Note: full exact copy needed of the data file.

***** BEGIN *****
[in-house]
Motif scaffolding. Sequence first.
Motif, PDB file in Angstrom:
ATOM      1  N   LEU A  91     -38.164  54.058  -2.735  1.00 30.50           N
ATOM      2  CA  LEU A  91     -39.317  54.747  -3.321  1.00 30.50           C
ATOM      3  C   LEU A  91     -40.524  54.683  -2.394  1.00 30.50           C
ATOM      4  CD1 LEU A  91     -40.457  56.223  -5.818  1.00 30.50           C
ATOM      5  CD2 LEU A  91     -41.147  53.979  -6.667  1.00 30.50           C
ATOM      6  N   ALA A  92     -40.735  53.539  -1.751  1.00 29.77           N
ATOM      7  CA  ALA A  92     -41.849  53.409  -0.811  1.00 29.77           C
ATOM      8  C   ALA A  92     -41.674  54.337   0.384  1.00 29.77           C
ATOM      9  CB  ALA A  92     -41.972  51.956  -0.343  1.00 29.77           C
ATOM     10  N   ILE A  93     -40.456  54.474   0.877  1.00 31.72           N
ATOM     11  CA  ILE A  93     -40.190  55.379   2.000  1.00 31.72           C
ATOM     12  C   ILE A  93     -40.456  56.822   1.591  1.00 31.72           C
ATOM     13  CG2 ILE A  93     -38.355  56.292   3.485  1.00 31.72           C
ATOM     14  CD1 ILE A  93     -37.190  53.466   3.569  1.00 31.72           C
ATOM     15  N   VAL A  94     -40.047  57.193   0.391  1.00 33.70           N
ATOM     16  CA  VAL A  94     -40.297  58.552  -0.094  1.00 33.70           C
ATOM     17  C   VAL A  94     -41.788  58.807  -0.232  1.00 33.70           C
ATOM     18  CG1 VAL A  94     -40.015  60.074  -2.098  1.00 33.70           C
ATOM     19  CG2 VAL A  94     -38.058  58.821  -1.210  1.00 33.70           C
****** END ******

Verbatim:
[in-house]
Motif scaffolding. Sequence first.
Motif, PDB file in Angstrom:
ATOM      1  N   LEU A  91     -38.164  54.058  -2.735  1.00 30.50           N
ATOM      2  CA  LEU A  91     -39.317  54.747  -3.321  1.00 30.50           C
ATOM      3  C   LEU A  91     -40.524  54.683  -2.394  1.00 30.50           C
ATOM      4  CD1 LEU A  91     -40.457  56.223  -5.818  1.00 30.50           C
ATOM      5  CD2 LEU A  91     -41.147  53.979  -6.667  1.00 30.50           C
ATOM      6  N   ALA A  92     -40.735  53.539  -1.751  1.00 29.77           N
ATOM      7  CA  ALA A  92     -41.849  53.409  -0.811  1.00 29.77           C
ATOM      8  C   ALA A  92     -41.674  54.337   0.384  1.00 29.77           C
ATOM      9  CB  ALA A  92     -41.972  51.956  -0.343  1.00 29.77           C
ATOM     10  N   ILE A  93     -40.456  54.474   0.877  1.00 31.72           N
ATOM     11  CA  ILE A  93     -40.190  55.379   2.000  1.00 31.72           C
ATOM     12  C   ILE A  93     -40.456  56.822   1.591  1.00 31.72           C
ATOM     13  CG2 ILE A  93     -38.355  56.292   3.485  1.00 31.72           C
ATOM     14  CD1 ILE A  93     -37.190  53.466   3.569  1.00 31.72           C
ATOM     15  N   VAL A  94     -40.047  57.193   0.391  1.00 33.70           N
ATOM     16  CA  VAL A  94     -40.297  58.552  -0.094  1.00 33.70           C
ATOM     17  C   VAL A  94     -41.788  58.807  -0.232  1.00 33.70           C
ATOM     18  CG1 VAL A  94     -40.015  60.074  -2.098  1.00 33.70           C
ATOM     19  CG2 VAL A  94     -38.058  58.821  -1.210  1.00 33.70           C